3. Need-based Medicare co-pays and Social Security benefits, including for present recipients. Many plans exempt present recipients – present recipients (my generation) should participate in the solution for our country and the generations following us because we benefited from job opportunities that are no longer as broadly available. The post-WWII economy benefited us because of the coincidence of when we were born.
4. By law Medicare must cover a treatment that has some benefit regardless of cost and extent of the benefit. For example Medicare pays $93,000 for prostate cancer patients to receive Provenge, a treatment that prolongs patients' lives for 4 months. In deciding what Medicare should cover, we should take into account the cost of a medical treatment and the extent of a treatment's benefit.
5. Medicare has a co-pay. Seniors can insure against the co-pay with Medigap policies. Medicare should require some minimum amount that cannot be insured against so that we have to pay something for each medical visit. Cost should be part of the patient's decisions regarding care.
6. Provide uniform claim forms for Medicare and all insurers to simplify hospital and doctor office work.
What additional suggestions do readers have?
Saturday, August 6, 2011
As of December of last year, Gallup reported that a new low had been recorded in the number of Americans approving of the way Congress is handling its job - 13%. The President's approval rating as of the end of July was 42%, near his low for his tenure in office.
When I speak with people, they echo these sentiments, and when I ask them why they feel that way, they often respond with statements like these:
"Oh, they're all just politicians, just interested in getting re-elected; they care about that more than what's best for the country. I just wish they could compromise and work better together, on behalf of all of us."
And it seems that those feelings have a real basis in fact, as the recent debt ceiling crisis amply demonstrated.
Most fair observers would remark that the one clear line drawn in the sand by the President was that there be no more battles over the debt, requiring him to go to Congress for authority to raise the debt limit, until after the 2012 elections. While this was justified as a measure intended to calm the markets, the political benefits to the President (and his party) are painfully obvious.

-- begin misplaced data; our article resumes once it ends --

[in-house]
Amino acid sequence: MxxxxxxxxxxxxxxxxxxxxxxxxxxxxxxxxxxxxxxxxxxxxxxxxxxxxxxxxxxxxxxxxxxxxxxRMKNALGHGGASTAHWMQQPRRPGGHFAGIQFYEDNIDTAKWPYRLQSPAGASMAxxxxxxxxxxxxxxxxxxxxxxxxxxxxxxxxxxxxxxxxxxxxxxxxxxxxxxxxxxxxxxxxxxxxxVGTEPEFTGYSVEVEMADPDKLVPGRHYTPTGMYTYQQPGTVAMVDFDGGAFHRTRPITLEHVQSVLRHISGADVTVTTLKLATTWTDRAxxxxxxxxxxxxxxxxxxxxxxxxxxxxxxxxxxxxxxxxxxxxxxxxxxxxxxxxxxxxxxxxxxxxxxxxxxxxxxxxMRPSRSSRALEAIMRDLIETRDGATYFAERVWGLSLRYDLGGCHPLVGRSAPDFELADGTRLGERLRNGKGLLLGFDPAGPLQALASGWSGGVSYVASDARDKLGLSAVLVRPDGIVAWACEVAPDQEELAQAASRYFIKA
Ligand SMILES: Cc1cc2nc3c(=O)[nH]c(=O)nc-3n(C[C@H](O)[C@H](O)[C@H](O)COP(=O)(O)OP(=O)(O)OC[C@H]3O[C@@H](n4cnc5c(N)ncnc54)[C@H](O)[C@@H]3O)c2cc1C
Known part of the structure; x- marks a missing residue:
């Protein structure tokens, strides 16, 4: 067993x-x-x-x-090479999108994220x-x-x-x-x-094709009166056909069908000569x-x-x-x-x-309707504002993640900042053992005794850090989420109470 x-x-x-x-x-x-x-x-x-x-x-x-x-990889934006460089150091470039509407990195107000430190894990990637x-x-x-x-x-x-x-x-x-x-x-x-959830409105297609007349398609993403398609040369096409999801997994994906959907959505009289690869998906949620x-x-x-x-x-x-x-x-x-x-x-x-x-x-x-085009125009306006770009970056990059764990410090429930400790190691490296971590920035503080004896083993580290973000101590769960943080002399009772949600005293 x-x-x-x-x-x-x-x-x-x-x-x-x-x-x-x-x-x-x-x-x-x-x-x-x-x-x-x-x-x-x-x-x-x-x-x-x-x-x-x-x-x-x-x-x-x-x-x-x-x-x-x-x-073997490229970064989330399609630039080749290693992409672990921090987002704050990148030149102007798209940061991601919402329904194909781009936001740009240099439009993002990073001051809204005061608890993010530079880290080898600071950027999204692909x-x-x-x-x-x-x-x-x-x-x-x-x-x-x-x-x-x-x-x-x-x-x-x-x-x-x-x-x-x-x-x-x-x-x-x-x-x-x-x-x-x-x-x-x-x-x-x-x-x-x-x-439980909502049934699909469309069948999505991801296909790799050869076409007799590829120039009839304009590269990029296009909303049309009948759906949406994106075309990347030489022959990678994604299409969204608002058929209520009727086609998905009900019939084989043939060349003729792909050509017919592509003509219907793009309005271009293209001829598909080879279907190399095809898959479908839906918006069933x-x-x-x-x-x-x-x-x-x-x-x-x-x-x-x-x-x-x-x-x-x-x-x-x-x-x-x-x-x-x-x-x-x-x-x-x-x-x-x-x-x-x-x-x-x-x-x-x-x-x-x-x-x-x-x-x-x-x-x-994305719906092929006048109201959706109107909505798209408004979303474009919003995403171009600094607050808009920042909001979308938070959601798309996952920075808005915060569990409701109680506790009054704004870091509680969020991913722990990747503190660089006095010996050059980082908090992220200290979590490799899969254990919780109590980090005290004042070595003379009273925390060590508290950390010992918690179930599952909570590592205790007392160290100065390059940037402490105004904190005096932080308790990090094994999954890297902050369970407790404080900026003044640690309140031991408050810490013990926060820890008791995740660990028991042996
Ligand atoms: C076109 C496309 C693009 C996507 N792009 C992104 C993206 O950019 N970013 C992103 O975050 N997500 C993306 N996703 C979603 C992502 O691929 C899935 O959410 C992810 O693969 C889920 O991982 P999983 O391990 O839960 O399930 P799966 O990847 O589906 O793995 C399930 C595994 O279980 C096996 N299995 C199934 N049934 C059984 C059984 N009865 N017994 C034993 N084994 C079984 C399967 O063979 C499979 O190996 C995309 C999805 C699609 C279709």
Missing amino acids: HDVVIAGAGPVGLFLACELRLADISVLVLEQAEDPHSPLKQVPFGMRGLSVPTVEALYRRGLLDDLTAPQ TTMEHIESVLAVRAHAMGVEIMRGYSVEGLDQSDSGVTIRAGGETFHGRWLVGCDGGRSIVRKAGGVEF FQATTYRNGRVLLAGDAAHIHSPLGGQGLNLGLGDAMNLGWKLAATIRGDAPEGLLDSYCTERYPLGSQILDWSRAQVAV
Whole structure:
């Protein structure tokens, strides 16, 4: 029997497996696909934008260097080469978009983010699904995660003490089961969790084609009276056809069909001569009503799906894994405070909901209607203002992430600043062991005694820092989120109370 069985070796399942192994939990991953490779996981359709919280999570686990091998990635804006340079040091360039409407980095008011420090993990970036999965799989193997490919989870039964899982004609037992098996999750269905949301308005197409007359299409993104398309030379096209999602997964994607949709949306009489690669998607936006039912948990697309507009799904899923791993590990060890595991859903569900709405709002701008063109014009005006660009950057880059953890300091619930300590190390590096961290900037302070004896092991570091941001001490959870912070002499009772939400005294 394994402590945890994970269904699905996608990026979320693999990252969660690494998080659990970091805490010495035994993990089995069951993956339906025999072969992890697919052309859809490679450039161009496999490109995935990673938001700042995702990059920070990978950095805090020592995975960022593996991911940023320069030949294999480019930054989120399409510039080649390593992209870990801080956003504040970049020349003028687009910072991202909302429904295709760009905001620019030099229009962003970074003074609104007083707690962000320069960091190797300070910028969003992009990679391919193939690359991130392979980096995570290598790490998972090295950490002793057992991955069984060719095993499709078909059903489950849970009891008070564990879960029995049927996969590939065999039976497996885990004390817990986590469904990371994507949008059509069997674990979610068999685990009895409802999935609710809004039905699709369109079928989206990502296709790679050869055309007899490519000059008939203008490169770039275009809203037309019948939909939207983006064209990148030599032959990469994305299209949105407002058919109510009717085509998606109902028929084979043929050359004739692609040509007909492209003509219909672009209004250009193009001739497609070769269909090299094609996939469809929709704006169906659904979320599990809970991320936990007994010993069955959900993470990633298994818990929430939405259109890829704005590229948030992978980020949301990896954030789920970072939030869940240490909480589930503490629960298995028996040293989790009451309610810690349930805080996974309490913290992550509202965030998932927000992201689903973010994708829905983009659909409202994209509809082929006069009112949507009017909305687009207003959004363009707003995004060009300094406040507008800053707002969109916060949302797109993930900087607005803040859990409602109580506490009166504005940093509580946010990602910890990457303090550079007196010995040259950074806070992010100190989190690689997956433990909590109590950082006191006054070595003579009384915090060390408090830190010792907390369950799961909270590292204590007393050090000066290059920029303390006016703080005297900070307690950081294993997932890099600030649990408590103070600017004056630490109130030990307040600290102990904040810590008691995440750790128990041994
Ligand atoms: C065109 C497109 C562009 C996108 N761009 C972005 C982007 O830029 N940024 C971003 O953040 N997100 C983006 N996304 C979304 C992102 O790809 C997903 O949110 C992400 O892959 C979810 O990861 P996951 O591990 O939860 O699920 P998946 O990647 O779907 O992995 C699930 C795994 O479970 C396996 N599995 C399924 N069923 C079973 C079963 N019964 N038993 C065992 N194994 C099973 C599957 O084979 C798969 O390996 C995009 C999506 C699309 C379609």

At the same time, the Republicans were willing to risk default, so long as any solution to the crisis did not involve increases in taxes, notwithstanding the recommendations of the President's bi-partisan fiscal commission that tax increases (and a re-structuring of the tax code) should be part of a balanced solution, and that any realistic solution to the deficit will probably have to involve some additional revenues.
And all of this was in the framework of the pledge by the Republican leader in the Senate that “the single most important thing we want to achieve is for President Obama to be a one-term President.”
Confrontational, combative, highly competitive - all adjectives that accurately describe most politicians' current behavior.
So, why do politicians behave this way and what, if anything, can be done about it?
The explanation of Why, may be fairly straightforward, and it flows from a simple observation:
Human beings operate and interact within a system (made up of the general culture, specific legal rules and other inputs) and they will act in ways which are incentivized by that system. Change the system and you will (probably) change the behavior. Leave the system unchanged, and you'll probably get the same behavior.
Or, to put it in a slightly different way, when a system rewards certain types of behavior, people will act in accordance with those rewards. Politicians are probably no less intelligent, rational or moral than most of us; they simply respond to the constraints of the system in which they operate.
So, here's the news item:
Politics is a highly competitive system, in which politicians compete for a limited number of rewards (seats in Congress, the Presidency, etc.) He who can out-compete his or her rival is rewarded (high office, salary, power, ego gratification, etc.); she who cannot is punished (back to the private sector, albeit perhaps with a high-paying lobbyist or law firm, loss of power and prestige, etc.)